USA TODAY US Edition
Brexit’s Johnson won’t run to replace Cameron Jane Onyanga- Omara
Conservatives collect nominations for next person to lead party
Former London mayor Boris Johnson, who led the successful campaign for the United Kingdom’s exit from the European Union, announced Thursday that he would not run to replace David Cameron as leader of the Conservative Party and prime minister.
New York-born Johnson was the bookmakers’ favorite to replace Cameron, who led the losing “remain” campaign and said after the referendum June 23 that he would step down this fall.
“Having consulted colleagues and in view of the circumstances in Parliament, I have concluded that person cannot be me,” Johnson said.
“My role will be to give every possible support to the next Conservative administration to make sure that we properly fulfill the mandate of the people that was delivered at the referendum and to champion the agenda that I believe in, to stick up for the forgotten people of this country,” he said.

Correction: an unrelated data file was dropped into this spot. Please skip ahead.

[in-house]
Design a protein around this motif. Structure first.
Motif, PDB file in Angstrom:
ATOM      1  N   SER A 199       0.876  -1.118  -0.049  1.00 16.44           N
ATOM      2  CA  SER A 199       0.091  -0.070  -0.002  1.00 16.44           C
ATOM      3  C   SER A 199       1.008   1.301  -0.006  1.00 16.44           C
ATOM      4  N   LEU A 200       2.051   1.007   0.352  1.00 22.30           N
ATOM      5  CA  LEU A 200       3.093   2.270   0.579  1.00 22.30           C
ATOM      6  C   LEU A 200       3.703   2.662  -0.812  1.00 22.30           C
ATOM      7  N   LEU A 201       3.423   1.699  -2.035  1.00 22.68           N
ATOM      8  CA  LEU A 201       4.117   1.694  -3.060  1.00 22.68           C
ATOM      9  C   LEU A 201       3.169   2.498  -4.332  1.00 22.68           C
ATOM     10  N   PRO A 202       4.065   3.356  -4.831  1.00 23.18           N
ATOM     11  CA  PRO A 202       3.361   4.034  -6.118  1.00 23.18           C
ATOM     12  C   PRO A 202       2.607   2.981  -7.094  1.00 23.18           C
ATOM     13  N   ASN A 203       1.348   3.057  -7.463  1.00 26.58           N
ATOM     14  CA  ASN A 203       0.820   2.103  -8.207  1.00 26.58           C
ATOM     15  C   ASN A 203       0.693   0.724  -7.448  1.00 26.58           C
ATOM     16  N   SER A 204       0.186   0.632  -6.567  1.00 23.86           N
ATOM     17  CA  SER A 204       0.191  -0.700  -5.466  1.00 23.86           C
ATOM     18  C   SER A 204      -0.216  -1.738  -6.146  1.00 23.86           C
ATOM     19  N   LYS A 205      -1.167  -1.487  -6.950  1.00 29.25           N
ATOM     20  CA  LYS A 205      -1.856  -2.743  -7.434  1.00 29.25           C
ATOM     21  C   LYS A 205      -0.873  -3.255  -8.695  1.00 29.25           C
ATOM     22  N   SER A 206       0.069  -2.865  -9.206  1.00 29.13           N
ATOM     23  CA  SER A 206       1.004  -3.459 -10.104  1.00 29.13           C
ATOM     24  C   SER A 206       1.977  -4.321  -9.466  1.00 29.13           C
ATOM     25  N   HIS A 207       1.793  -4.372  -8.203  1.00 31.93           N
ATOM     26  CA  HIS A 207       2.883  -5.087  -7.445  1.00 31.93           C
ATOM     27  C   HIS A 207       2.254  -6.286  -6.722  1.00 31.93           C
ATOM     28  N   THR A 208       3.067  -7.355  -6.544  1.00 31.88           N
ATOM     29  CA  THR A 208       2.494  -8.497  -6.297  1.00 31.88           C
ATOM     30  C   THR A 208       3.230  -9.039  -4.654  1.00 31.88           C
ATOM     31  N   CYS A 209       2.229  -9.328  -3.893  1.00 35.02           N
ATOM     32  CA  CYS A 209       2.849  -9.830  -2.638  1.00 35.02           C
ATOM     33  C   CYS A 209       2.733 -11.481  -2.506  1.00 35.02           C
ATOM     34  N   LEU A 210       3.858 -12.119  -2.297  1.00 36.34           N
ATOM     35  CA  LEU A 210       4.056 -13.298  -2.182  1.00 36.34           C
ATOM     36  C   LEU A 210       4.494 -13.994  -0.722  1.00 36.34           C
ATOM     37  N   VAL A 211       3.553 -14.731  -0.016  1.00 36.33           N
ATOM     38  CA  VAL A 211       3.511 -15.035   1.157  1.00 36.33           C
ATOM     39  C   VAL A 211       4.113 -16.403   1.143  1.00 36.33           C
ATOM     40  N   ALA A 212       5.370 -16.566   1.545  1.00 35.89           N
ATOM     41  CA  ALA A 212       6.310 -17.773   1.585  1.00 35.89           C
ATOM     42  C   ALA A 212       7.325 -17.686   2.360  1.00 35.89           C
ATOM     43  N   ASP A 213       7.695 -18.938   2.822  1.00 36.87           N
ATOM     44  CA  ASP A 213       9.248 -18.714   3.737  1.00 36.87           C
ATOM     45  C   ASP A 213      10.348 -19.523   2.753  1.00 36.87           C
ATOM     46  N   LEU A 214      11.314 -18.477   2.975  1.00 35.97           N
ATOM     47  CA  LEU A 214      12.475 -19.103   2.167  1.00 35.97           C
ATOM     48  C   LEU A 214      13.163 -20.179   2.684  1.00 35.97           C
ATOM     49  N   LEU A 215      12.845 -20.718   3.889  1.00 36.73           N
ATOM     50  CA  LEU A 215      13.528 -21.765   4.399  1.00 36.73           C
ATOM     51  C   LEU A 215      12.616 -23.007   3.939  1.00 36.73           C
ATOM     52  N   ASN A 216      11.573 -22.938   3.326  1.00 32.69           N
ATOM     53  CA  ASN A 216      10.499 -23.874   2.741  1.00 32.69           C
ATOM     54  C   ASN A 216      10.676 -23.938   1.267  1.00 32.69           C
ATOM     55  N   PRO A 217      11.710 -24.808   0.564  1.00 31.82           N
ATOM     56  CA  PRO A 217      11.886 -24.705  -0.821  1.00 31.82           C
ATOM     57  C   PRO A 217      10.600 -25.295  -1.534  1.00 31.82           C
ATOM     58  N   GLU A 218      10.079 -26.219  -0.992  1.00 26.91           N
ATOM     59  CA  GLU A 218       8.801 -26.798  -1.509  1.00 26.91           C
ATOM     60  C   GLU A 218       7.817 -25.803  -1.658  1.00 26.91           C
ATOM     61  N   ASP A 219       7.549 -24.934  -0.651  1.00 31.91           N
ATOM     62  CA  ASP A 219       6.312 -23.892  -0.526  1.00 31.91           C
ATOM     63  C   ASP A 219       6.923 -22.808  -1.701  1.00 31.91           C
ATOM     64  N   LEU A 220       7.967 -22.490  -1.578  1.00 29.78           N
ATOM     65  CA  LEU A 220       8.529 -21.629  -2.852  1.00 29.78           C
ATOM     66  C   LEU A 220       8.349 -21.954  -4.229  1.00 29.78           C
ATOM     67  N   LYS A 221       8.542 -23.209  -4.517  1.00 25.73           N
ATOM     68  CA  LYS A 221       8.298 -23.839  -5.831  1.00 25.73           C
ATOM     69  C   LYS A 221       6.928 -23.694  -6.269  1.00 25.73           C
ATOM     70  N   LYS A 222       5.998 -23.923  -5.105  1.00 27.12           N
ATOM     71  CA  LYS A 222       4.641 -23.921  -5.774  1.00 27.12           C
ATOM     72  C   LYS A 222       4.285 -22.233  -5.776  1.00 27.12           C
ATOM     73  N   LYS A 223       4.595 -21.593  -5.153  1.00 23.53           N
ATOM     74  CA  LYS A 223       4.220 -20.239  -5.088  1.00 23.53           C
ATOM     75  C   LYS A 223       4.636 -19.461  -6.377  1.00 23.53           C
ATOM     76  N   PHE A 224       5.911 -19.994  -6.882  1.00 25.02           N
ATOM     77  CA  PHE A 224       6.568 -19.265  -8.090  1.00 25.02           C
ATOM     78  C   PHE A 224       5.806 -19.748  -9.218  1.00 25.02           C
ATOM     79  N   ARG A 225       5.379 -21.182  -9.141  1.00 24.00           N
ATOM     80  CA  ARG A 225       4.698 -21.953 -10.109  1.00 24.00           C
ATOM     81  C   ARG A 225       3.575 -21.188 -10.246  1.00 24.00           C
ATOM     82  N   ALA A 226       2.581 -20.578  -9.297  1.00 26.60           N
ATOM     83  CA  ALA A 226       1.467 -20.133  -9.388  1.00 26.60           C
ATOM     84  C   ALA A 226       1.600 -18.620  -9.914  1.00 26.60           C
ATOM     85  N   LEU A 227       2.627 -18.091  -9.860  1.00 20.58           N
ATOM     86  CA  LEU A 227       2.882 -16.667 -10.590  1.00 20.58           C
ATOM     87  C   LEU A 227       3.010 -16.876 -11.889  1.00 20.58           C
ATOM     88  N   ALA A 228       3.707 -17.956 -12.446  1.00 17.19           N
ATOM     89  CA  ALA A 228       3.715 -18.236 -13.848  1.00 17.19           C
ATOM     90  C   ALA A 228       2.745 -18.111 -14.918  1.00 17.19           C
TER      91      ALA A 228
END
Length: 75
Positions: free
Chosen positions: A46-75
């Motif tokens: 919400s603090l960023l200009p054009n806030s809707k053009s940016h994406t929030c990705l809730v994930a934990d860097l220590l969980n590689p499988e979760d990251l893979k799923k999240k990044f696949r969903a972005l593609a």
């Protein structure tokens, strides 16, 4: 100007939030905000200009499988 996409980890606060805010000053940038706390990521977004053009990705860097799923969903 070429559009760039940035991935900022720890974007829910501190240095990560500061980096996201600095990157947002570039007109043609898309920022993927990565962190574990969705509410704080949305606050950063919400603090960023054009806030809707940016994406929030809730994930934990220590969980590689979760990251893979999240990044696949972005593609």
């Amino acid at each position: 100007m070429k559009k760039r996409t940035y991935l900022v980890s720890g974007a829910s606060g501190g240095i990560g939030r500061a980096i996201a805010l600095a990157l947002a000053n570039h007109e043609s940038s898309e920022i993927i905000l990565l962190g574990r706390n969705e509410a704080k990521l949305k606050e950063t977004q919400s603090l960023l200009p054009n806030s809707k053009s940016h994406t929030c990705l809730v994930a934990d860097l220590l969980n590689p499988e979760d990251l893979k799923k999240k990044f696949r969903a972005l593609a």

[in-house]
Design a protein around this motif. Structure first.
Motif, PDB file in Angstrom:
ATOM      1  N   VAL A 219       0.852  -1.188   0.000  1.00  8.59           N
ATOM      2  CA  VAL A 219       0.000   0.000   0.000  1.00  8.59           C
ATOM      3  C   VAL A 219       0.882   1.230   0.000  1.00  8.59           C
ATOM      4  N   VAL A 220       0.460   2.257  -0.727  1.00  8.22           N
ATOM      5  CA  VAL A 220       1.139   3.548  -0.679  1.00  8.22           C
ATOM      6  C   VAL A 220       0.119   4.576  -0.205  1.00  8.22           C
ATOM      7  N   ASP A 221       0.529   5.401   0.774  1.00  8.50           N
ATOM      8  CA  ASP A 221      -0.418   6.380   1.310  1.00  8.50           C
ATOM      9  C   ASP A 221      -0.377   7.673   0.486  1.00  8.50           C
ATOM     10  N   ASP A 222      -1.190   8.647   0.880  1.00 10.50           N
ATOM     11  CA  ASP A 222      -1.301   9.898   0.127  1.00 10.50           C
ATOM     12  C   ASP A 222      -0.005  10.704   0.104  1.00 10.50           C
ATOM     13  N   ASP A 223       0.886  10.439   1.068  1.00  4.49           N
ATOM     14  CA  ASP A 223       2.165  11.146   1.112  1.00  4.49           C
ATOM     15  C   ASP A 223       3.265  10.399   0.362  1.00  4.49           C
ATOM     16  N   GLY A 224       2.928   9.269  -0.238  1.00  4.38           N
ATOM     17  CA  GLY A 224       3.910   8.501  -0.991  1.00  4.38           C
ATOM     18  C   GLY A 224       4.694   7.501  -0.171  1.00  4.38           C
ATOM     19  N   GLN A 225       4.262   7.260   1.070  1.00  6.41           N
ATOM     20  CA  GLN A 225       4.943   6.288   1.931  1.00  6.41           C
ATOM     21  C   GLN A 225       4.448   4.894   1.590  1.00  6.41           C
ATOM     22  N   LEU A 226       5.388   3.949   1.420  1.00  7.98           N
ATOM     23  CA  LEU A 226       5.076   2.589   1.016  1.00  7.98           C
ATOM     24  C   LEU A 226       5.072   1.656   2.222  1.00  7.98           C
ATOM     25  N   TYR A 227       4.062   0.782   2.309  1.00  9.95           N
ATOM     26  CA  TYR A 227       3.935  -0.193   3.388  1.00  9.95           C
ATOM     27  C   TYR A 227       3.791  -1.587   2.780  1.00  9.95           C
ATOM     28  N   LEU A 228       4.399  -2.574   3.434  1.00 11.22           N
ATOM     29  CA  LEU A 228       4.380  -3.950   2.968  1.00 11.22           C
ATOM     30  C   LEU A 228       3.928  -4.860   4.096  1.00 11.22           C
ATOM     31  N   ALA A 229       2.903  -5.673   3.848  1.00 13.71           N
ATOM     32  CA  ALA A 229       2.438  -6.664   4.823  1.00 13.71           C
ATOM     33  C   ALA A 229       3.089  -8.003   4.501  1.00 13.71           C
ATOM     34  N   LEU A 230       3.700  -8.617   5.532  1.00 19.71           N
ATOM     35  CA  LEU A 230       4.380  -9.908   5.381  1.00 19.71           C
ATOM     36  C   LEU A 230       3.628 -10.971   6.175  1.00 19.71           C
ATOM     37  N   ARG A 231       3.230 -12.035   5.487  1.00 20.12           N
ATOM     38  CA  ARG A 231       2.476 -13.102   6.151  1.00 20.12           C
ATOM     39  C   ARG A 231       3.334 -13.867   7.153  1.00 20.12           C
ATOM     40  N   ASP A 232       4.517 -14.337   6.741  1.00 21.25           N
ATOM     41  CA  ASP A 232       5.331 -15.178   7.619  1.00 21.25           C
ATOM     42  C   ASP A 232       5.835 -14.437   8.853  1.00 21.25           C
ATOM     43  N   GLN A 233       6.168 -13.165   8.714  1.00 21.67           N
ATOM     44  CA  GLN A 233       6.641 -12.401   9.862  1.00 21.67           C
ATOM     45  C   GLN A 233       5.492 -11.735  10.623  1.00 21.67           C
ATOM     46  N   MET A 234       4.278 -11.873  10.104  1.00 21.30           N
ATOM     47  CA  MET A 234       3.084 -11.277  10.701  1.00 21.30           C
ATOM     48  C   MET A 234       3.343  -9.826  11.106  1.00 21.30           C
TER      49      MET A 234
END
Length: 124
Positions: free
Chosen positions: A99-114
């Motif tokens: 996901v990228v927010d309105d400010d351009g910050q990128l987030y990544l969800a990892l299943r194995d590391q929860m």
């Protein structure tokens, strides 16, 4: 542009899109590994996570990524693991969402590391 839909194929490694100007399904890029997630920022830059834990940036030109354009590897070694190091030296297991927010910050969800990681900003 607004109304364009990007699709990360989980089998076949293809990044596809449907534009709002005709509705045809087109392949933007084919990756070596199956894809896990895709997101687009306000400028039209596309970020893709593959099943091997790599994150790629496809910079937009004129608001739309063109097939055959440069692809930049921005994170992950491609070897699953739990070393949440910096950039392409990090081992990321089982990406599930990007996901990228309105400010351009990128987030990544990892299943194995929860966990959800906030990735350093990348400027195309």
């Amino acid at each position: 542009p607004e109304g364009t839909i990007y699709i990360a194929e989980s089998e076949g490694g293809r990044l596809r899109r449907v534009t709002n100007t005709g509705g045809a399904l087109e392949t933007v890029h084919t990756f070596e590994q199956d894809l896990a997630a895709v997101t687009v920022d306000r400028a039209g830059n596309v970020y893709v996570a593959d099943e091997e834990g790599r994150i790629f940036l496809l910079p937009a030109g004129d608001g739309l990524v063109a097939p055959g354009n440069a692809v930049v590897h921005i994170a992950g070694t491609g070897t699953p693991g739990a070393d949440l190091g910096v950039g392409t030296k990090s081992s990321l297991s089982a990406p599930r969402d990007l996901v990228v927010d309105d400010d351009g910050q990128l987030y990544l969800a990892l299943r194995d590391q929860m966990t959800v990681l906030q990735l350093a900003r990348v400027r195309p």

The nominations to replace Cameron as leader of the Conservative Party closed at noon Thursday. The new leader is scheduled to be announced Sept. 9.
Justice Secretary Michael Gove, a prominent member of the “leave” campaign, announced he would run as party leader Thursday.
Gove had expressed support for Johnson and had said he did not want to be prime minister.
“I wanted to help build a team behind Boris Johnson so that a politician who argued for leaving the European Union could lead us to a better future,” he said. “But I have come reluctantly to the conclusion that Boris cannot provide the leadership or build the team for the task ahead.”
Home Secretary Theresa May, who supported the “remain” option, is among the five Conservatives who plan to run as candidates.